ANALYSIS: Northampton South MP had no choice but to step back amid claims of a 'toxic' legacy
Senior Conservatives claimed David Mackintosh had become so "un-electable" as a candidate - his association had to take the soon-to-be-departing MP off Tory campaign flyers.
The former borough council leader, who was once branded Philistine of the Year by Private Eye in the year the Sekhemka statue was sold from the collection of Northampton's main museum, carved out his political career with a reputation for getting things done. Whatever the cost.
His four-year tenure as leader of the borough saw so much change, it was hard to keep pace. Cabinet meetings became less a debating chamber than a rattled off rota of that month's major capital investments whittled down to, on one occasion, seven minutes.
A new bus station was built, an old one blown-up; Abington Street was opened to cars, Saints built a new stand, the Cobblers loaned up to £12 million to do the same. With the exception of the Saints stand, they were all controversial.
It was the pledge to loan millions to Cobblers, dating back to 2013, that has put the brakes on the 38-year-old's political ambitions. For now at least.
After spending nearly all of his tenure in Parliament fielding, but not always answering, questions about his role in the failed loan to develop Sixfields Stadium, last night he decided enough was enough.
Following months of criticism from many of his Conservative colleagues, he would have had to then win over the 170 Northampton South association members to stand again.
It would have been a tough ask, especially after it emerged that Tory Northamptonshire County Council candidates in the constituency were not even featuring Mr Mackintosh on their campaign leaflets.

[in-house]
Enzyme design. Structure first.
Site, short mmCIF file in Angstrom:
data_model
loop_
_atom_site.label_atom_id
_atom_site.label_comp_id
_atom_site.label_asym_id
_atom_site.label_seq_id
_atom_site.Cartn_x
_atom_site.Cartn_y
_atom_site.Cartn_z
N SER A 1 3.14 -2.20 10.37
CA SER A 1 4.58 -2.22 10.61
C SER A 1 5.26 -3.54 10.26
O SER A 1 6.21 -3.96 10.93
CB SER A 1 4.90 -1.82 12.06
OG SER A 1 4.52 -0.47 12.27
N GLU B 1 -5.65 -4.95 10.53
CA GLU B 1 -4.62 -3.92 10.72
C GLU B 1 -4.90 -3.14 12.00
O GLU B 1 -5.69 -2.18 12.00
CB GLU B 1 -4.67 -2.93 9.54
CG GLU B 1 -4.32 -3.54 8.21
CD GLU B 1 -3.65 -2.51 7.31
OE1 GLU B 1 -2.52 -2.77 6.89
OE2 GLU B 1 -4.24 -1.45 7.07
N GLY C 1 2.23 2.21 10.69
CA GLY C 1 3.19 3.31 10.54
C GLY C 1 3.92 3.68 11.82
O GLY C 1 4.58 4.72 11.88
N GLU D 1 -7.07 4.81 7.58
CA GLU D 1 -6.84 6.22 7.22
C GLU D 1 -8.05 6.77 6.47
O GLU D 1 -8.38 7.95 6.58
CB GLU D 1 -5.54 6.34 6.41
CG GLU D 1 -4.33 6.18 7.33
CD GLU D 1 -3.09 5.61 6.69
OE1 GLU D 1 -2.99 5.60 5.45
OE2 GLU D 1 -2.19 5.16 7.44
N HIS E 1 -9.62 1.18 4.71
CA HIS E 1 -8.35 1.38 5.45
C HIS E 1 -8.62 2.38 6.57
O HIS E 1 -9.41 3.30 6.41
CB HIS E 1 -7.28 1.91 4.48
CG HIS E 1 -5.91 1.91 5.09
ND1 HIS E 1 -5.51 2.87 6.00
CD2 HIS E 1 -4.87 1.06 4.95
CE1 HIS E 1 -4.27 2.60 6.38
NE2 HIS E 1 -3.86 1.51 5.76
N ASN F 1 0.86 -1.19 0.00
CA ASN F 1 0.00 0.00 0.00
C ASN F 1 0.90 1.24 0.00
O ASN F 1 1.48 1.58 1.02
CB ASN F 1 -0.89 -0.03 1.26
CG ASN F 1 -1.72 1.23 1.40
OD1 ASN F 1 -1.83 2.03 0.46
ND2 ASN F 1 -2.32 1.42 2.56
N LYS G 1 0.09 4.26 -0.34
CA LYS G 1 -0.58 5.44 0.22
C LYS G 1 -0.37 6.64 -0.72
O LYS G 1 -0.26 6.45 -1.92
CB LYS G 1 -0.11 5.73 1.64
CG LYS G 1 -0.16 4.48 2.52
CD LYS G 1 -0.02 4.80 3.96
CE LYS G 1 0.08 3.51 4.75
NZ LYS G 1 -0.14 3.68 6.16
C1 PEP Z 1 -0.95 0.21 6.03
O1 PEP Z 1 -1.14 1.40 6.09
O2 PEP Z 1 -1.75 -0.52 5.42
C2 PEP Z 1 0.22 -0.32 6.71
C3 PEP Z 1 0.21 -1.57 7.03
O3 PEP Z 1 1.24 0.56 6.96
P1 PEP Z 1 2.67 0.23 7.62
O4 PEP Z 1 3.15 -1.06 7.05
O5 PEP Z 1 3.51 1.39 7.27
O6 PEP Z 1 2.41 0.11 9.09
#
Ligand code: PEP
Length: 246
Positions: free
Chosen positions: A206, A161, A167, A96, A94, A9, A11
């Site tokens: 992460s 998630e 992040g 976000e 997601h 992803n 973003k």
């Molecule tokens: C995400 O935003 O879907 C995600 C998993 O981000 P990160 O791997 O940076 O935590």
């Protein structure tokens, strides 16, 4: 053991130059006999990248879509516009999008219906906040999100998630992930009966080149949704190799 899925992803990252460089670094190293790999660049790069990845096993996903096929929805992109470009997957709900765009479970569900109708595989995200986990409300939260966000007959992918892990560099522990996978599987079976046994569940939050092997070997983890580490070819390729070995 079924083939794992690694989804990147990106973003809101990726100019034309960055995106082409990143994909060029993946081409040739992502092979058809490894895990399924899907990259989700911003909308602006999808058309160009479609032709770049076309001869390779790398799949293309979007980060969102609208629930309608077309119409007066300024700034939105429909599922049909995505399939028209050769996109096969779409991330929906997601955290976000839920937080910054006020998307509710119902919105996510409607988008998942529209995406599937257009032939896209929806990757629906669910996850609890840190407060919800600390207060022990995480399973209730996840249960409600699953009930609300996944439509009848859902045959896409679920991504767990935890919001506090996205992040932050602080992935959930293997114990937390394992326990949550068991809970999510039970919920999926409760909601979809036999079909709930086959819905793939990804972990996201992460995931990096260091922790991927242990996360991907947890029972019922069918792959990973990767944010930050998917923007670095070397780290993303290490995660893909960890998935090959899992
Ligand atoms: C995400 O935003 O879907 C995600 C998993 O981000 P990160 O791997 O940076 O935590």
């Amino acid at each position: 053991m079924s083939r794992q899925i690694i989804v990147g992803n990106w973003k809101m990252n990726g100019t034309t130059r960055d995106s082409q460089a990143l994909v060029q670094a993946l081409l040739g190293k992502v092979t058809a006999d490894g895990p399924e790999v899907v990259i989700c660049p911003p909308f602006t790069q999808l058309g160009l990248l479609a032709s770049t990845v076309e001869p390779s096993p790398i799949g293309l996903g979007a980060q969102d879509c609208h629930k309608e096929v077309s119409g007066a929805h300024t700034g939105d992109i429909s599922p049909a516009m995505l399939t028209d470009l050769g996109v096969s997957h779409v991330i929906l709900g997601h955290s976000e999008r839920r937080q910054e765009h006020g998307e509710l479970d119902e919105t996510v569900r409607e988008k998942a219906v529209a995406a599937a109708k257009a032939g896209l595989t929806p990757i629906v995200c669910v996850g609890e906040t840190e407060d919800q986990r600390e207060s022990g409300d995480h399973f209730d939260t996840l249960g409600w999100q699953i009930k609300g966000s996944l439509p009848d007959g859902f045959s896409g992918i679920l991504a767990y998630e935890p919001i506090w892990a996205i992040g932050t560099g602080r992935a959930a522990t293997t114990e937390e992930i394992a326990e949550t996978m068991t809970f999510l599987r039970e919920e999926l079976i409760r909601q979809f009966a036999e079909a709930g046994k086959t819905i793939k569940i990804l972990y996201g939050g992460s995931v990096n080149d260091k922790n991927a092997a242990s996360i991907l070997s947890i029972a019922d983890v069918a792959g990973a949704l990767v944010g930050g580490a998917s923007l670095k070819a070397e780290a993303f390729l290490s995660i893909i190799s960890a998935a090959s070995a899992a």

Former chairman of the association, Councillor Suresh Patel, and trustee for the association, Brian Binley, said Mr Mackintosh had become "toxic" among voters on the doorstep.
Mr Patel said: "It is true, we decided not to have his photograph.
"The feeling among his electorate was not good.
"I think he has made the right decision to step down.
"It was to save him embarrassment as well."
Councillor Patel said the outgoing MP - who now becomes the shortest serving member or parliament for Northampton South - had made the right decision to stand down.
"There is a major inquiry going on [into the Sixfields loan], this will give him time to clear his name," he said.
"This is not about one individual, this about the wider membership of the Conservative party."
Mr Binley, who is increasingly emerging as a likely candidate for the June 8 election following his interview with the Chron this morning, added: "For whatever reason, good or bad, his name had become toxic in the town. Our local government candidates found out it was harming them."
The leader of the Labour group on Northampton Borough Council, Councillor Danielle Stone, took a similar view.
She said: "He leaves a rotten legacy as his whole time in Northampton politics has been one disaster after another. He is responsible for the awful North Gate Bus Station, selling the
Sekhemka statue, opening Abington Street to polluting cars and of course a loan that went wrong. He certainly won’t be missed.”
But Mr Mackintosh's decision to stand down came on a day where two allies had openly given him heir backing.
Former mayor Councillor John Caswell, said yesterday: “That man is the fifth best MP for dealing with constituents’ complaints.
“Twenty thousand people that man has helped – and they want to get rid of him?"
Other supporters of Mr Mackintosh the MP say the same. Hard-working, committed, good at responding to constituents.
But just being effective is a tough sell in an election, especially given the controversies surrounding the Sixfields loan, election payments and where responsibility lay for the loss of millions of taxpayers' money.
Mr Mackintosh has always denied any wrong-doing in relation to the Sixfields loan and has welcomed the police investigation and the various independent audits.
Time will tell whether the relatively young parliamentarian returns to public life.
But for now the Conservatives will be pleased to end any speculation of the former borough leader running again.